supply-chain-transformation

How to strengthen your supply chain in unprecedented times

The unprecedented events and resulting disruptions of this year have had a significant impact on the transformation of supply chains. By combining operational changes with supply chain developments, your business can enjoy substantial performance improvements. Below are some examples of how big companies have handled recent events to drive operational efficiencies and customer-centricity. How will your supply chain look in 2021?

12th November, 2020

Innovation and flexible business models are more important than ever. Given this year’s disruption due to COVID-19, political events and trade pressures, businesses must rethink the status quo. Rethinking strategies means restructuring logistics and strengthening supply chains, but where do you start? We’ve gathered in this article how big corporations have transformed their business:

  1. Primark: Solutions with a Purpose – The Irish retailer launched a clothing recycling program in July 2020 to reduce the impact of textile waste on the environment. Customers can make donations via a collection box in-store, and all these items will be either reused, recycled or repurposed with profits going to Unicef.1
  2. 7-Eleven: Supply Chain Collaboration – In Japan, 7-Eleven, Family Mart and Lawson have been experimenting with a joint delivery service in July 2020 to decrease a shortage of delivery drivers in the country. This has also reduced the numbers of vans on the road by up to 30%. The cooperation was deemed a “big turning point” by Japanese observers as the three brands had always worked in silos up until then.1
  3. Best Buy: Changing Store Strategies – The American consumer electronics retailer Best Buy is turning 25% of its shops into ‘hub stores’. This means an increase in the volume of e-commerce orders as it serves to allow the business to be closer to the consumer.1
  4. Levi Strauss: Increasing digitalization in the supply chain – The pandemic changed the way customers shop. As many stores closed, millions of customers switched their shopping behavior to online shopping. Even before the outbreak of COVID-19, the American-based apparel company Levi Strauss moved a majority of its business online. It included investments in digital technologies such as apps, AI and predictive analytics. Additionally, the company started to fulfill online orders not only via fulfillment centers but also via stores and launched curbside pickups within a few days.2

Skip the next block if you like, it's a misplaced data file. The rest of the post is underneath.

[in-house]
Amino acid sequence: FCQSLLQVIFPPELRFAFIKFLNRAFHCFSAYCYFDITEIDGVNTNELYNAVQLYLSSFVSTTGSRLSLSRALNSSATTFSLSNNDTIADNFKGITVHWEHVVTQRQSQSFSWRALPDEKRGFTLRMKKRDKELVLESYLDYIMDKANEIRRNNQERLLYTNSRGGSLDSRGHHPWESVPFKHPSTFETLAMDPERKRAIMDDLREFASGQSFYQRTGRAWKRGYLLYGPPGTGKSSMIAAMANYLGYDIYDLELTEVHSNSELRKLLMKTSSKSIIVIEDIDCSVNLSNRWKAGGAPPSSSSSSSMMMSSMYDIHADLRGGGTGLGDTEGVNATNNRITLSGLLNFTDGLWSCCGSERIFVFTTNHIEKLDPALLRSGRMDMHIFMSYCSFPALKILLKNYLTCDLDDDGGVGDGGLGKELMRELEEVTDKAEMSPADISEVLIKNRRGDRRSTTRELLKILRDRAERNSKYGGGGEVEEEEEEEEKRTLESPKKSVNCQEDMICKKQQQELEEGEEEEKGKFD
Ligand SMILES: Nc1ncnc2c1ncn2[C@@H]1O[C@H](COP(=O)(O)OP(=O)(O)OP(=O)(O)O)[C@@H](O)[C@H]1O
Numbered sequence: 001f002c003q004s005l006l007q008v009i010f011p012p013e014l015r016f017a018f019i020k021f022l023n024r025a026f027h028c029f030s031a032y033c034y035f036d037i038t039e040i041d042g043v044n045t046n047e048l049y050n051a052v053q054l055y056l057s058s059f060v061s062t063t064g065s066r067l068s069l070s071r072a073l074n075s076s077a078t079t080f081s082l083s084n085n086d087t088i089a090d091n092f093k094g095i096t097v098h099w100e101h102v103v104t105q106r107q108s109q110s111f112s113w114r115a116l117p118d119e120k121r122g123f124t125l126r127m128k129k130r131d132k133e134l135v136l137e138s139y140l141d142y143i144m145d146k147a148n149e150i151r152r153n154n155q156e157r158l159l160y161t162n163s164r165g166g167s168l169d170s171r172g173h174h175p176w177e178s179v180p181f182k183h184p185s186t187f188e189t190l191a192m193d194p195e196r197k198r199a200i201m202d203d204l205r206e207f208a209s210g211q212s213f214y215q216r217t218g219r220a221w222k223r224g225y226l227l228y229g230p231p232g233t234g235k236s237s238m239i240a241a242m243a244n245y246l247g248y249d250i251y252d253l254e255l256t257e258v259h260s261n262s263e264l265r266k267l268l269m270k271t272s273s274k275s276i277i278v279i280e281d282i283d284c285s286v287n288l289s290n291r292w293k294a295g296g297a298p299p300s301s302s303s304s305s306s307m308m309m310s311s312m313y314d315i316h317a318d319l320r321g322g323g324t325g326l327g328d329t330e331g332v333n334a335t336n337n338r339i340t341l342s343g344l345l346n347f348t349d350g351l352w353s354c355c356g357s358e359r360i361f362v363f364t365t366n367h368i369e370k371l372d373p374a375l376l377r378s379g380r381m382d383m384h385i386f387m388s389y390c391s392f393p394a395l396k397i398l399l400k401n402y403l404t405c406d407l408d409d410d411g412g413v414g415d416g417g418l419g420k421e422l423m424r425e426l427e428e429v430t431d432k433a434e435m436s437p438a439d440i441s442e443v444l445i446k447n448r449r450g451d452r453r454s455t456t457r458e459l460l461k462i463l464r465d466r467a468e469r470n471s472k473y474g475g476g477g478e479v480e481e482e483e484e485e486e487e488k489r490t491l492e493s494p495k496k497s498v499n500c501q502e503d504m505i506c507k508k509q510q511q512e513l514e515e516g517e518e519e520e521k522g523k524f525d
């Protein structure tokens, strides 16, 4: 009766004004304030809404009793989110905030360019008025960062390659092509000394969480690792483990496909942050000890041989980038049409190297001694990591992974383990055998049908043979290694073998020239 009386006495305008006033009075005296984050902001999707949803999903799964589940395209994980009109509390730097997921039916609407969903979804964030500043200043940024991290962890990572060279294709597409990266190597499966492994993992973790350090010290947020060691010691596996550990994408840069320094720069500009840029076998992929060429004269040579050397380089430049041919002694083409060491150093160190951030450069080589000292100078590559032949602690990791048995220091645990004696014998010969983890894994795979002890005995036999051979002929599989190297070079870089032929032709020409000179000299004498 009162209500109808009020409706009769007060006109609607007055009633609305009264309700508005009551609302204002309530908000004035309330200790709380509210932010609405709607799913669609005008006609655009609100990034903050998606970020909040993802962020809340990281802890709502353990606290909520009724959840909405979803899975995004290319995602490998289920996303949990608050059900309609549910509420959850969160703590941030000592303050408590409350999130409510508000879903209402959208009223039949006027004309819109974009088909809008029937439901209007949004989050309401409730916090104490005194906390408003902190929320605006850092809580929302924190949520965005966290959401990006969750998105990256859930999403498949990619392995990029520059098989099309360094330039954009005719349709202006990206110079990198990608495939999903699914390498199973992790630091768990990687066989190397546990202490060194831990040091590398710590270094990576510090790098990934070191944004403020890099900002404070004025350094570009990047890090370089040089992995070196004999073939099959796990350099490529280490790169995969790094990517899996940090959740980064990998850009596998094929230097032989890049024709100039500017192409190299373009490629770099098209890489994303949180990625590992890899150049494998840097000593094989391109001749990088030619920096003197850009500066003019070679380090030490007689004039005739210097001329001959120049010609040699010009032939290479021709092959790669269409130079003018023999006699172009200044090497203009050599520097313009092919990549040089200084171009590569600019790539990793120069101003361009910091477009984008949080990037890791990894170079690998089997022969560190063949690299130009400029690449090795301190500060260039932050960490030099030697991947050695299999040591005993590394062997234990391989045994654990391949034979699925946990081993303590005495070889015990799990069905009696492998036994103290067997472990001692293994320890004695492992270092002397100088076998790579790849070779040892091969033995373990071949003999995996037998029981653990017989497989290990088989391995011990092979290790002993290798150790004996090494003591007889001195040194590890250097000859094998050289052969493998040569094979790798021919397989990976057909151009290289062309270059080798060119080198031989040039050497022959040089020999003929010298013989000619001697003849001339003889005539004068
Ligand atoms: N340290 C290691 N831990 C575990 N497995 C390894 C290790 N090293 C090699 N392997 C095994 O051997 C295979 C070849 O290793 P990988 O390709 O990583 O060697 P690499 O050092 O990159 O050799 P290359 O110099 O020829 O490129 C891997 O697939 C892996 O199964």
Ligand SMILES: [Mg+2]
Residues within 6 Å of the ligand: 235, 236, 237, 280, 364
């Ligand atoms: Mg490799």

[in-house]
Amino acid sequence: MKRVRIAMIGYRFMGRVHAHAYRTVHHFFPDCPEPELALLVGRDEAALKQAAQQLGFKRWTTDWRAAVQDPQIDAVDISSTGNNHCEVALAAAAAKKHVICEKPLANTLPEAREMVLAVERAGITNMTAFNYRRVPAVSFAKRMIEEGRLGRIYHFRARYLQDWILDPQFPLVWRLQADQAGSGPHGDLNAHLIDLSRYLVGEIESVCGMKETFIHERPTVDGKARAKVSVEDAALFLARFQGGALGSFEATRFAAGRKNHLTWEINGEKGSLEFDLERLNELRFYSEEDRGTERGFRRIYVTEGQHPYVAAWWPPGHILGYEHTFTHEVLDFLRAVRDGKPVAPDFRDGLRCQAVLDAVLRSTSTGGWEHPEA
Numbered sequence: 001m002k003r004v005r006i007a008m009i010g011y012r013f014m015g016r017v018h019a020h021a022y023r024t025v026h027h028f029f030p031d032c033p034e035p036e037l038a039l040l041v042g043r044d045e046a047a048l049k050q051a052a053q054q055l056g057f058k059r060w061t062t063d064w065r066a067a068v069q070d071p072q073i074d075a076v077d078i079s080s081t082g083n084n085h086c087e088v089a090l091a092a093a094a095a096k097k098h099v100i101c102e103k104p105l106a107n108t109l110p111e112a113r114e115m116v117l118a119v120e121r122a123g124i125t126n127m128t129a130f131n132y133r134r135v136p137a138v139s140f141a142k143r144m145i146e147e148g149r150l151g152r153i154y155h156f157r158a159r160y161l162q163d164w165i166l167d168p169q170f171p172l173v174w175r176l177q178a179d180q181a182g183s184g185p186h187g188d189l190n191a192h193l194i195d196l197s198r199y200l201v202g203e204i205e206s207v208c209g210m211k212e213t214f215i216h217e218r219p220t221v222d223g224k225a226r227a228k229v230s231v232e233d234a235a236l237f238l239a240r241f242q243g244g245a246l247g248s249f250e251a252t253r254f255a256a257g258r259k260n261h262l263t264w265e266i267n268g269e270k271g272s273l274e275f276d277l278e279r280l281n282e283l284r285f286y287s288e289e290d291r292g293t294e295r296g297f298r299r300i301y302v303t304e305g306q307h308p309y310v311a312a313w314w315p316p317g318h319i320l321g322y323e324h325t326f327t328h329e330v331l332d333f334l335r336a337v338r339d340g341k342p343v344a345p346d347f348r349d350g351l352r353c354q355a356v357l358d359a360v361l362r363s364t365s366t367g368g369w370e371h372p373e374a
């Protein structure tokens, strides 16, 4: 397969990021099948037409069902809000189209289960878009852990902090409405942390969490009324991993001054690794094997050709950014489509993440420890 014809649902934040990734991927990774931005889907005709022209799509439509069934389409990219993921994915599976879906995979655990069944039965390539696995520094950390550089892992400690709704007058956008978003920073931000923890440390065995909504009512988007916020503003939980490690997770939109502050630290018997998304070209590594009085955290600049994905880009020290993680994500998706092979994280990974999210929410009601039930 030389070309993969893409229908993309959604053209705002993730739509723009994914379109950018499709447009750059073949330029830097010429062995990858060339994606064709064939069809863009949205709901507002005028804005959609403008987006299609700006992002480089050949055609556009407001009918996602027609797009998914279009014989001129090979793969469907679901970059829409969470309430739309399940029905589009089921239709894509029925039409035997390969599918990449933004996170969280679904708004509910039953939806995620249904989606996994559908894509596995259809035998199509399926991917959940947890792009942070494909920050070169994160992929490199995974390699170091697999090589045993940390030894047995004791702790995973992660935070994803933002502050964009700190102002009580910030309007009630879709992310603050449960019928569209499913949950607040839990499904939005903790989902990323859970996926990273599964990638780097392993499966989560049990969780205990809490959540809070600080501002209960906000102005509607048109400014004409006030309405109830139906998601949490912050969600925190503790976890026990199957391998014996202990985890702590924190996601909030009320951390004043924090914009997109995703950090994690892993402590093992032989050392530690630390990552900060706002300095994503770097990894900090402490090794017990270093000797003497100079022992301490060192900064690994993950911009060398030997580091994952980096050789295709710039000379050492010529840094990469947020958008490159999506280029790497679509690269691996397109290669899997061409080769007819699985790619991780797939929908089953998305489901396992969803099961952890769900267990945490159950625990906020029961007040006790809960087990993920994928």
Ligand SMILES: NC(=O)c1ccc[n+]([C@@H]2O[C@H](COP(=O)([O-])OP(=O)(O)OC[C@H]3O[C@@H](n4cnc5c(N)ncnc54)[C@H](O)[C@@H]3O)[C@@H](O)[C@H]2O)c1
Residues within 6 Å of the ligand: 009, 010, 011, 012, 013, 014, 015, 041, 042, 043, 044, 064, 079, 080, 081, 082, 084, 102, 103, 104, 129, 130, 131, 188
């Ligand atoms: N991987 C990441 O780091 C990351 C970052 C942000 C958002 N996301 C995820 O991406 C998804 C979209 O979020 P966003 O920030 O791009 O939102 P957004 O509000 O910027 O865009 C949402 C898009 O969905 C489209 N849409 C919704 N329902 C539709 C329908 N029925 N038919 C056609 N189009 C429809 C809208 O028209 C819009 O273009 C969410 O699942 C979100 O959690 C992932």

Even though these examples might not be 100% applicable to your small or medium-sized business, you might consider the strategies helpful in giving you inspiration for your business. This is especially if you have concerns about how to deliver your cargo in these unprecedented times.

Growing your supply chain by more than 3% by digitalizing it

Take learnings from this situation and try to think in creative ways. One specific example is the digitalization of your supply chain. According to McKinsey3, the average supply chain nowadays has a digitalization level of 43%. There is still room for improvement – especially when looking at the potential business growth stemming from digitalizing the supply chain. Current predictions indicate that annual growth of earnings before interest and taxes could grow up to 3.2% and a yearly growth revenue by 2.3%. Additionally, digitalization brings you more flexibility and risk mitigation for your supply chain transformation.

Examples for the digitalization of supply chains are technologies that use techniques such as linking and combining cross-functional data. This includes shipments and schedules as well as Enterprise Resource Planning systems (ERP systems), warehouse-management or forecasting demand and performance with advanced analytics.

At Twill we are here for you and your business. We provide you transparency on costs and a loading guarantee. This means an intuitive platform where you can book and ship with ease. And with the help of our platform, you can easily digitalize your logistics in a few steps.

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Sources:

1 Retail Week

2 McKinsey

3 McKinsey